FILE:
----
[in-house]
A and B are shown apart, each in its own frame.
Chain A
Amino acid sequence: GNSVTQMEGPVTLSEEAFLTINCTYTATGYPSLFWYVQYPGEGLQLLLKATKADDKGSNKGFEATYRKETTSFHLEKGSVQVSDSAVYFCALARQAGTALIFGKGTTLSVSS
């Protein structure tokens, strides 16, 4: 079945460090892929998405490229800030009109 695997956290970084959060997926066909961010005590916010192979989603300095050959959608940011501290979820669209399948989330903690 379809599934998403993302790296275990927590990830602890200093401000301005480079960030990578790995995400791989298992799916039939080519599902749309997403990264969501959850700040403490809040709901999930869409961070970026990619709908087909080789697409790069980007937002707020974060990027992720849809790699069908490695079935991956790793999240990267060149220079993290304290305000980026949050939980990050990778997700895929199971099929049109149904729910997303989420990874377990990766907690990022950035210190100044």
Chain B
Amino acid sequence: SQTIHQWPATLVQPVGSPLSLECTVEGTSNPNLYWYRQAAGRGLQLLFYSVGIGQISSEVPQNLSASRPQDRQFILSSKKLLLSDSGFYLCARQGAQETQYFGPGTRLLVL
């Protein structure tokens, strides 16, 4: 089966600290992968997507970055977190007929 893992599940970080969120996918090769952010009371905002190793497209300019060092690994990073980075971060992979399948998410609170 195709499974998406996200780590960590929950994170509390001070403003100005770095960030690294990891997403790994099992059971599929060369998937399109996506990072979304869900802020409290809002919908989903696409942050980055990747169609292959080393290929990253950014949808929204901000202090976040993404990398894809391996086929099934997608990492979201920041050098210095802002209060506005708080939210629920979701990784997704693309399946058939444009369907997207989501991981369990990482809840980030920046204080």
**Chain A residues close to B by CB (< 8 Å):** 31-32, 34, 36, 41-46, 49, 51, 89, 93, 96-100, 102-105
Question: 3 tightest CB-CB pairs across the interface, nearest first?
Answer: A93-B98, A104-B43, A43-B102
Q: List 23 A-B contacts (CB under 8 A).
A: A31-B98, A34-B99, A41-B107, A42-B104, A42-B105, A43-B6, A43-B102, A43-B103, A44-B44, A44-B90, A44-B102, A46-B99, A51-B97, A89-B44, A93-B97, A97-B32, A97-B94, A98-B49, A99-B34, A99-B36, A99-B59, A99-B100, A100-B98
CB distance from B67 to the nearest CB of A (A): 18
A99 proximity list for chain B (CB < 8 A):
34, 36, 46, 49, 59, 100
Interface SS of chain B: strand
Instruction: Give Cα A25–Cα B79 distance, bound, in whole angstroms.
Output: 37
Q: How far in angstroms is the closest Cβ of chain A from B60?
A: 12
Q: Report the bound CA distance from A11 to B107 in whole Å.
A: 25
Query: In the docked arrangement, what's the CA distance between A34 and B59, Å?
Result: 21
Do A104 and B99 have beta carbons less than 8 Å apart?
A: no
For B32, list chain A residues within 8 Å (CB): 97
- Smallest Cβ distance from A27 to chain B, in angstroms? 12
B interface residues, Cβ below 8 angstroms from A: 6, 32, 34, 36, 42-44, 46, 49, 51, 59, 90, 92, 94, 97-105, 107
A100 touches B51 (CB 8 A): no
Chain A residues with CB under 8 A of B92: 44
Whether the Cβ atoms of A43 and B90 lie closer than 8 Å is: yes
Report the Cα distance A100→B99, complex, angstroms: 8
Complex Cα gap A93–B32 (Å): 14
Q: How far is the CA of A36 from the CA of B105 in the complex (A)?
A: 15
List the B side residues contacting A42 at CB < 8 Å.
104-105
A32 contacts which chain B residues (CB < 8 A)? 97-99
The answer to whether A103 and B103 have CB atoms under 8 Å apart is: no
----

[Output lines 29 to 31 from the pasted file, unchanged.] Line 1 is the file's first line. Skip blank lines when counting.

- Smallest Cβ distance from A27 to chain B, in angstroms? 12
B interface residues, Cβ below 8 angstroms from A: 6, 32, 34, 36, 42-44, 46, 49, 51, 59, 90, 92, 94, 97-105, 107
A100 touches B51 (CB 8 A): no